Unsolved Murders

Ann Skene

Age: 34

Sex: female

Date: 29 Dec 1918

Place: 37 Menzies Road, Torry, Aberdeen

Ann Skene died after her throat was cut.

A 55-year-old man, a fish salesman, was tried for her murder but a verdict of not proven was returned.

The fish salesman had been found in bed next to Ann Skene with wounds to his throat, but he denied having killed her. At the time of the discovery, his wounds were described as serious, and he was removed to the infirmary, but was expected to recover.

It was claimed that he had cut her throat with a penknife on 29 or 30 December 1918. The police said that they thought that the incident had taken place on the Sunday night, but the alarm was not raised until 8am on the Monday morning.

The first intimation that the other tenants of the house got of what had happened was when the fish salesman knocked at the door of a neighbour and said, 'She's done this to me'.

Neighbours then, along with several others, went into the apartment and found Ann Skene’s body lying face downwards near the fireplace with blood flowing freely from what was described as a ghastly wound to her throat.

She had been fully dressed, and it had looked as though she had been on the point of leaving the house. It was added that it was evident that she was dead.

The fish salesman had been attired in a pyjama suit and after the neighbours found Ann Skene, he got back into bed, the blood , it was said, still oozing from the wound to his throat. A niece said that before the police arrived, she saw the fish salesman hold his head in his hands and cry, 'Dinna dae it, Annie', noting that he looked weak from loss of blood.

It was noted that none of the neighbours had heard any noise during the night.

The injuries to Ann Skene's throat were described by a doctor as 'homicidal' whilst the injuries to the fish salesman's throat had struck nothing vital and appeared self-inflicted, although he added that there was an element of doubt over that.

At the trial the fish salesman's character was described as good and steady. He had lived at 37 Menzies Road with his sister and was stated to have been a widower, whilst Ann Skene was described as an intimate friend.

The defence submitted that the fish salesman and Ann Skene had had words after Ann Skene had become tired of the fish salesman, who they described as a 'poor old man' who had been so good to her, and that her fancy had already turned towards a younger man. They then claimed that Ann Skene had lost her temper and slashed him with the knife, and that then believing that his wounds were fatal, she had turned the knife on herself.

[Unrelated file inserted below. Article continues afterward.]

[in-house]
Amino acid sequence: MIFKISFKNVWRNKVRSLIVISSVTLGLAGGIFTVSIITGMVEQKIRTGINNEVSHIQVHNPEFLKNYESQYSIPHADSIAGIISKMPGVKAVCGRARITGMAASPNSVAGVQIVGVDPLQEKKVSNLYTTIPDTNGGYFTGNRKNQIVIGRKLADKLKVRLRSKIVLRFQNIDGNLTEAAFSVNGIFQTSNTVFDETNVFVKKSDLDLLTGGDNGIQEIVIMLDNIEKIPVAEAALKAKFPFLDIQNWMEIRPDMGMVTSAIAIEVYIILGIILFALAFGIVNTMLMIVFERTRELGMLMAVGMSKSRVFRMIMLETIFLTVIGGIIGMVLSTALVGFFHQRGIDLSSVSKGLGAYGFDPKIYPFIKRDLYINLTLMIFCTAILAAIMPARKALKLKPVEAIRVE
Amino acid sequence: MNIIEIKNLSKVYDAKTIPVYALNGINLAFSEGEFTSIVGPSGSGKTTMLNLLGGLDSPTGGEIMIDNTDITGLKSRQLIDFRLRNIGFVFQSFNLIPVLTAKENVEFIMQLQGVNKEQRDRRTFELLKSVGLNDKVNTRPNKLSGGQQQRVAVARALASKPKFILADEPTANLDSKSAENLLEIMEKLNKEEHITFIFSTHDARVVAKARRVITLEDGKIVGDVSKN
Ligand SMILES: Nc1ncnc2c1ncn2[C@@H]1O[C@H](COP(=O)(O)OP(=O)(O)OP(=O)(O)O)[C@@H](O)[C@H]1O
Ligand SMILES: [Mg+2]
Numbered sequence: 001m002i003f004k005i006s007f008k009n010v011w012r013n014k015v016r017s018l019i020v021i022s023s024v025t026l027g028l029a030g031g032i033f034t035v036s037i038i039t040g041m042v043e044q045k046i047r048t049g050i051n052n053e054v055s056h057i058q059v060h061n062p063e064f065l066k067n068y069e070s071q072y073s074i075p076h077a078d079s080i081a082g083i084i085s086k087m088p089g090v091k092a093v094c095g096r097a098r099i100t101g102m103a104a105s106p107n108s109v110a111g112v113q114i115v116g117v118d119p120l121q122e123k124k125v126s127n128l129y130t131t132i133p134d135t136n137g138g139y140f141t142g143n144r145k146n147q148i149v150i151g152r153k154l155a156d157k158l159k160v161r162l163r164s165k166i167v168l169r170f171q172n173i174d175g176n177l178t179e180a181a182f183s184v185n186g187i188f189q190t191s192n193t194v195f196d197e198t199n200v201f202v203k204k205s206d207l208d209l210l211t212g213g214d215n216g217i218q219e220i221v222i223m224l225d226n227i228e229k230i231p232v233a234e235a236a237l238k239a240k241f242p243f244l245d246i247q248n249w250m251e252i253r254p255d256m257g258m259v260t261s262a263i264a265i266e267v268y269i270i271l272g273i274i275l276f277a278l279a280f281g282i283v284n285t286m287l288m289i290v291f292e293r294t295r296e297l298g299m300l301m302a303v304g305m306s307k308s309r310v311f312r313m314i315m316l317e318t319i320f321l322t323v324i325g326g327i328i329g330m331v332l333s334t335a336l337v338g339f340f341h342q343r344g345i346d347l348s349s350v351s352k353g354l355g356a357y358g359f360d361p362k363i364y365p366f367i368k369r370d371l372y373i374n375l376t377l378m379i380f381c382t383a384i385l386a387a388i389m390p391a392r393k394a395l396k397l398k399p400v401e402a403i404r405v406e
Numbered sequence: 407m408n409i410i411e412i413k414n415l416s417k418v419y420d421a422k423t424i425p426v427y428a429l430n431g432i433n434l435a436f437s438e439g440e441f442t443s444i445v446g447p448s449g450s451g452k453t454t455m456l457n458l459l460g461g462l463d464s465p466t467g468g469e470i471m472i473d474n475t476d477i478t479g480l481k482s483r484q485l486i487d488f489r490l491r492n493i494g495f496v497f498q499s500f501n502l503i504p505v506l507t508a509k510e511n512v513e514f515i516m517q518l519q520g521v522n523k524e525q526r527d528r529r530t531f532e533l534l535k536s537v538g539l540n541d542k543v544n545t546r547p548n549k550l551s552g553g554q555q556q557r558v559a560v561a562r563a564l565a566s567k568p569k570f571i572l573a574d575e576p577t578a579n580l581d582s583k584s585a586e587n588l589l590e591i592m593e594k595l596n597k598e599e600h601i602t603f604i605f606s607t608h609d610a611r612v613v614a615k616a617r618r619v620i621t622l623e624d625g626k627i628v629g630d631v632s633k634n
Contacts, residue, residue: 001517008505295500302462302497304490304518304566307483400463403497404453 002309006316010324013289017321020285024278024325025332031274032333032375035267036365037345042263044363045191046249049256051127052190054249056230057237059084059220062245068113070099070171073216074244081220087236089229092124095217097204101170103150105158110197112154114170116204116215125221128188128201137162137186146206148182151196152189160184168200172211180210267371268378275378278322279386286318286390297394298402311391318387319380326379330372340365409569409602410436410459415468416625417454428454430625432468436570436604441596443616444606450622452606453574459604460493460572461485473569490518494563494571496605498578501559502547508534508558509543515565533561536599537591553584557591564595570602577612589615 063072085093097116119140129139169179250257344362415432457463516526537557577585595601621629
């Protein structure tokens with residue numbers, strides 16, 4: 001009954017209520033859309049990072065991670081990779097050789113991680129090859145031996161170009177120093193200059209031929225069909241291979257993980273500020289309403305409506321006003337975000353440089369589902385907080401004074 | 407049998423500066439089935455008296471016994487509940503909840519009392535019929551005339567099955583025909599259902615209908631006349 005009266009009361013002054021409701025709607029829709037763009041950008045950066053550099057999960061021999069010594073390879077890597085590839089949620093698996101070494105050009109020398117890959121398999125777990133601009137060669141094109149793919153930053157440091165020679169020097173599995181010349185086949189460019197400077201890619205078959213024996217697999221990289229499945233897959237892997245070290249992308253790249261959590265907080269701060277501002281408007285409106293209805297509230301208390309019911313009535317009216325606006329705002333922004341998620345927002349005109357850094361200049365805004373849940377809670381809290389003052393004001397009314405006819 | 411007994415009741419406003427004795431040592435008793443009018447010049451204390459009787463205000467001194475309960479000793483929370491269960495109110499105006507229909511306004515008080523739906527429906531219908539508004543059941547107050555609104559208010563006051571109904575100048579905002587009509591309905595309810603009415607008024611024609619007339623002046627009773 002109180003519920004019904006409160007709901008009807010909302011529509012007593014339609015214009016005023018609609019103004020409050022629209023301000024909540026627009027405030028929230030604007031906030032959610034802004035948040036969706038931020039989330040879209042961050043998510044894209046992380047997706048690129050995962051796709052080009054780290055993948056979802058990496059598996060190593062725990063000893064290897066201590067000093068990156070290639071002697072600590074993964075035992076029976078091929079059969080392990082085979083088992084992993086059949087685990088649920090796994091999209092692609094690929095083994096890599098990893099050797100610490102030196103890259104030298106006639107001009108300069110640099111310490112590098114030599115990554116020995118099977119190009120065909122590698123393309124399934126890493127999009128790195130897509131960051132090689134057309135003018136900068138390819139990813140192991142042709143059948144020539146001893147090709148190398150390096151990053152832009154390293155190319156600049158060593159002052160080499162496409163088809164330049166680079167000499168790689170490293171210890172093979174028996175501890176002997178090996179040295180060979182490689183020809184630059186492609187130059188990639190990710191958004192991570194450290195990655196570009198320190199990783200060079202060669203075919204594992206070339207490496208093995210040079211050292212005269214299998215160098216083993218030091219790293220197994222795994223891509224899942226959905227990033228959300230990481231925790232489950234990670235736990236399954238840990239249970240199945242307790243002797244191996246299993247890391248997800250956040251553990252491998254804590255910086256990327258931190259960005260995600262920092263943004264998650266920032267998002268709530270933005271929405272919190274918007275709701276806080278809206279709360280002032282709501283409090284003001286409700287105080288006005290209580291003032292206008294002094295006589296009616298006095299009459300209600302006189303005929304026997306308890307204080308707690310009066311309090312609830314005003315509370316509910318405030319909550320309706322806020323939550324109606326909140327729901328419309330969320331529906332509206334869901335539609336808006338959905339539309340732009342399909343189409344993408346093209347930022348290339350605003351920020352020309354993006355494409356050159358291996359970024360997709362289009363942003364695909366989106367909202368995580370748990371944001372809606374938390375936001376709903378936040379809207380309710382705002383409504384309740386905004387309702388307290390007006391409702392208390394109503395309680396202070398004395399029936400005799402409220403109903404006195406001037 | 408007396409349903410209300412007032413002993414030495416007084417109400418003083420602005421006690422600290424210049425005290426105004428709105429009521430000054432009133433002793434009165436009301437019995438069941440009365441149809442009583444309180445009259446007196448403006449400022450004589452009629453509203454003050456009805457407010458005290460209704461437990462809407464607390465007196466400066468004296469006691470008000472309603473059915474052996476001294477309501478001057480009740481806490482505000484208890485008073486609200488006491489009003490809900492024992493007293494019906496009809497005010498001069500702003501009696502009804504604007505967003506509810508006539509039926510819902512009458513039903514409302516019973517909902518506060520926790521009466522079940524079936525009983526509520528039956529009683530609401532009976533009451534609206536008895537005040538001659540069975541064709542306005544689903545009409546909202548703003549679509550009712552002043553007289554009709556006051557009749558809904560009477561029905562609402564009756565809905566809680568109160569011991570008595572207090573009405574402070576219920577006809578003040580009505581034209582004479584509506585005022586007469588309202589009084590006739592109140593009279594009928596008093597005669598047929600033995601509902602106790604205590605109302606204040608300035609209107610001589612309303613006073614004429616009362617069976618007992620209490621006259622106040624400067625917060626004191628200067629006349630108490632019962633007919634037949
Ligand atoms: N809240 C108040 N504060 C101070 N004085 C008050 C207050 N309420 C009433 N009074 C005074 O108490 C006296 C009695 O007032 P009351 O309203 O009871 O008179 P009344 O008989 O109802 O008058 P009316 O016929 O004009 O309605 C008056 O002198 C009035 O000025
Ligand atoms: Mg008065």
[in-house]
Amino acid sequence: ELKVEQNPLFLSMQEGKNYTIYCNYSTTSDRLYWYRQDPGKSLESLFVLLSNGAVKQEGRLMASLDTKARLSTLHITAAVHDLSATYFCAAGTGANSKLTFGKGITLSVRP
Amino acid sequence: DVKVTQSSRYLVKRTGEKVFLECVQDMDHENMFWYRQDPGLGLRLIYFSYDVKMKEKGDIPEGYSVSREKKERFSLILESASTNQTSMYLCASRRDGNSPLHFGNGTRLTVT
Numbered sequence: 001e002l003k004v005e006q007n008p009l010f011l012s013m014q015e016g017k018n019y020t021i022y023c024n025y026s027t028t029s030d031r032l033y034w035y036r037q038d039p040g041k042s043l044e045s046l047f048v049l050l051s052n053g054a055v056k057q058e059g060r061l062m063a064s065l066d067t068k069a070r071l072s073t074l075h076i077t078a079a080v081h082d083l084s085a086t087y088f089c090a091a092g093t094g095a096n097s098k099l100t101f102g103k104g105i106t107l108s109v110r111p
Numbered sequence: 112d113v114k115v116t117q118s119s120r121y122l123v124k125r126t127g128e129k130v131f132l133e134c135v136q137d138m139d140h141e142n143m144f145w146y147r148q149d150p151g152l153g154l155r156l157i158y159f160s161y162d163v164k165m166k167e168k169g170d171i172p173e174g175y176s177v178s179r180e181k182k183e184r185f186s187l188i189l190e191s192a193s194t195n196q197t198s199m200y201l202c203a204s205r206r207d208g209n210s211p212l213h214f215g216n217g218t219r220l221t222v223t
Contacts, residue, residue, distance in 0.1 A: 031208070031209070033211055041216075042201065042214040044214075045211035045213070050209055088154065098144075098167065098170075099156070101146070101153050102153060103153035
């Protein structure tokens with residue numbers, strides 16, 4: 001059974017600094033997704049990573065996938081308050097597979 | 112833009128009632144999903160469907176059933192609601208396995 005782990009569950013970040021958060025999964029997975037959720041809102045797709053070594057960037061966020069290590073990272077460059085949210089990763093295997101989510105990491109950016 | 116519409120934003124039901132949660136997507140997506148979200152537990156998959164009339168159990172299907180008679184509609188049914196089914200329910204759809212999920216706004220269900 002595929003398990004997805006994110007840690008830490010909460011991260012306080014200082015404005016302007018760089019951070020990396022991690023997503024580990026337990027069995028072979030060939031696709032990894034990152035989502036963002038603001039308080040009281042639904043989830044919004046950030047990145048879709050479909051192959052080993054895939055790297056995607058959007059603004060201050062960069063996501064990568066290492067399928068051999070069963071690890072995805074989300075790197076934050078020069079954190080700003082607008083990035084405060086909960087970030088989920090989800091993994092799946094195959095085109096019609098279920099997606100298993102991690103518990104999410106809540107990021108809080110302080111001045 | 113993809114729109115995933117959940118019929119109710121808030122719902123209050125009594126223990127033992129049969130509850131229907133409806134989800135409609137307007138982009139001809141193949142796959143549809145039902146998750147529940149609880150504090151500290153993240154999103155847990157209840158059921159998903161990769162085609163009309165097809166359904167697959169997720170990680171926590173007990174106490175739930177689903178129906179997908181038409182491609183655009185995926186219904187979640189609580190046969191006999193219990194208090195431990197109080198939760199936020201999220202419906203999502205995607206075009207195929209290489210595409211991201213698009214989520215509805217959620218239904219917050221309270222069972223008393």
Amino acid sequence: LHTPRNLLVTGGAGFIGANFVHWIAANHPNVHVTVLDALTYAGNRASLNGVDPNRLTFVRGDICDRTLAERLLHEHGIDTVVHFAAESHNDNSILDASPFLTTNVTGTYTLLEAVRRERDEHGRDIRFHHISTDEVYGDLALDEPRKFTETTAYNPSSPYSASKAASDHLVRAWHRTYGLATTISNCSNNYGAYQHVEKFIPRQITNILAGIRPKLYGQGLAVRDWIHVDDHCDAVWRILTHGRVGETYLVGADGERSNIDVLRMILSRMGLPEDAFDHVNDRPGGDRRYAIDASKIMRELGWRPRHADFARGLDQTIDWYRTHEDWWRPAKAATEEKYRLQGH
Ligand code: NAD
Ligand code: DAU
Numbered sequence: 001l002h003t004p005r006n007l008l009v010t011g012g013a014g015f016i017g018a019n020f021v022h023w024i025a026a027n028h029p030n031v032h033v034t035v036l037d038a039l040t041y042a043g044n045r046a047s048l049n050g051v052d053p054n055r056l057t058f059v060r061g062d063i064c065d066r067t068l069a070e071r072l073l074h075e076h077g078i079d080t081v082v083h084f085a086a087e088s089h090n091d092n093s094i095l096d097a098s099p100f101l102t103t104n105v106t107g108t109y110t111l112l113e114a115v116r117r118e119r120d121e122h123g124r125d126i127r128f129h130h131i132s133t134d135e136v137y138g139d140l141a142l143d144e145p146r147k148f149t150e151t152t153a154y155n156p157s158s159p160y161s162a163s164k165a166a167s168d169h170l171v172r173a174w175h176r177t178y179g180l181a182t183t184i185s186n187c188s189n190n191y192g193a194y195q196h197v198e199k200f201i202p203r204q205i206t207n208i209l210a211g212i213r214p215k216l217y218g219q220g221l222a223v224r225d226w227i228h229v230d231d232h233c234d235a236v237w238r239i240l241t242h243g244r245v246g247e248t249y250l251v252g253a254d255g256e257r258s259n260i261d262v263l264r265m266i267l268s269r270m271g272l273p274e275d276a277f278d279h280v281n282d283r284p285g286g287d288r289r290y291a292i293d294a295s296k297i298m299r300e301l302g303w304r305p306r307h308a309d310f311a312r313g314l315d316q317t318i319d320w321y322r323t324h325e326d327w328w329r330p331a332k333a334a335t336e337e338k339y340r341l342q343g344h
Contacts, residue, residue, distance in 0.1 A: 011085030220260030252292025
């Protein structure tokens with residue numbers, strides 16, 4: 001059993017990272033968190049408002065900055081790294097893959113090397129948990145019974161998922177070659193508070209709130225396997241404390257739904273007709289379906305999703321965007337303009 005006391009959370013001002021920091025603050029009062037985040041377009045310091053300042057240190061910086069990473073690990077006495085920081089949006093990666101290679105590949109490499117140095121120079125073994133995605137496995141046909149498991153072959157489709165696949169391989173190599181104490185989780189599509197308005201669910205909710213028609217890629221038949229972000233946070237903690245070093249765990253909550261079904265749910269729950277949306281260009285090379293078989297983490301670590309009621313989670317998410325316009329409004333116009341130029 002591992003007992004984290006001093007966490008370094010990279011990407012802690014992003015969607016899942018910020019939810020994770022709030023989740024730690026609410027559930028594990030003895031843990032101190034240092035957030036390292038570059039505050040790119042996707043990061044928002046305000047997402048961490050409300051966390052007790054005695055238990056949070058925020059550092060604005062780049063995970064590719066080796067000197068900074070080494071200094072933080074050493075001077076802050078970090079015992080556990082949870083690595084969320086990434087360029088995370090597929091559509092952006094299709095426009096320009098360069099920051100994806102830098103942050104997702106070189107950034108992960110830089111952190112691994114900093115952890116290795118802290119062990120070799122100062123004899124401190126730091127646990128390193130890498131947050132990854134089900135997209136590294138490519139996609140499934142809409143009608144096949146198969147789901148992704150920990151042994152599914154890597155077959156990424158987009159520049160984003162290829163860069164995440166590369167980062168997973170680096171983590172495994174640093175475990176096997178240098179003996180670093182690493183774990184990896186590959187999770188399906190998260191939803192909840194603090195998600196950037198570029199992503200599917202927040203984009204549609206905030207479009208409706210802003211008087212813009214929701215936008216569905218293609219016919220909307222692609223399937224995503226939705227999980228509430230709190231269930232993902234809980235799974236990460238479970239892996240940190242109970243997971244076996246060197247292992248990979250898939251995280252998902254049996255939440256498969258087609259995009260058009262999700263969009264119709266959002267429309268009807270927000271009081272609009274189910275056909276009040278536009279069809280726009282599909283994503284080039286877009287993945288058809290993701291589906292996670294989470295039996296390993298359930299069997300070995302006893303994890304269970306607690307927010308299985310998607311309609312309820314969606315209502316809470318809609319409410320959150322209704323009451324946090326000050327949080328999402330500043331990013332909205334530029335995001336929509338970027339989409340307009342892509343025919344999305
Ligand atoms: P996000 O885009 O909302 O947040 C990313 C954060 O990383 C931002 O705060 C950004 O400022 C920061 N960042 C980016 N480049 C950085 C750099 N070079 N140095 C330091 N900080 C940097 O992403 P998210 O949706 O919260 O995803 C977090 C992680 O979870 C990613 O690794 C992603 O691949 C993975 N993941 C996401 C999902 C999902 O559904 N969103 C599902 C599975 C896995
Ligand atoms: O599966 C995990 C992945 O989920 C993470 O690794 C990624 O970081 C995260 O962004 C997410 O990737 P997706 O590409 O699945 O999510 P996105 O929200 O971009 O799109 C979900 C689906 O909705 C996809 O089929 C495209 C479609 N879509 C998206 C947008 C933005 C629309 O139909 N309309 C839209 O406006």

However, it was heard that on the night of 28 December 1918, that the fish salesman had gone to the Post Office with a telegram addressed to Ann Skene that had read, 'Come over tonight about 9.30. Father is very ill'., but that on being told that it would not be delivered until about 7am the next morning, he took it away with him.

The message was then handed in the next forenoon, but officials said that they found it peculiar because the as it cost a shilling when he could have readily delivered himself with a five minute walk.

Ann Skene's mother, who lived at 3½ St Mary’s Place, stated that Ann Skene had married at 17 years of age to a stone cutter, but only lived with him for six months. She said that Ann Skene and the fish salesman had been on friendly good terms but that a younger man had come to her house on Christmas Day and that the fish salesman also came to dinner on Christmas Day, but added that as far as she knew, they had not seen each other.;

The young man, an electrician that had resided at Yoker, said that Ann Skene had been introduced to him at Invergorden as Mrs Keene, and that when he told her that he had had nowhere to go if he came to Aberdeen, that Ann Skene gave him her address,. He said that he later called there and stayed for three days.

After the court returned a verdict of not proven, the judge said that he did not regret the result because he was satisfied that if he did commit the offence, that the heaviest punishment that he had to bear was the consciousness of having done wrong and that on the other hand, if he was innocent of all evil intent towards the unfortunate woman, that he had at all events escaped from any direct punishment of the law.

*map pointers are rough estimates based on known location details as per Place field above.

see www.britishnewspaperarchive.co.uk

see National Library of Scotland - AD15/19/112

see Aberdeen Press and Journal - Thursday 03 April 1919

see Dundee Courier - Tuesday 31 December 1918

see Dundee Evening Telegraph - Wednesday 02 April 1919

see Dundee Evening Telegraph - Tuesday 01 April 1919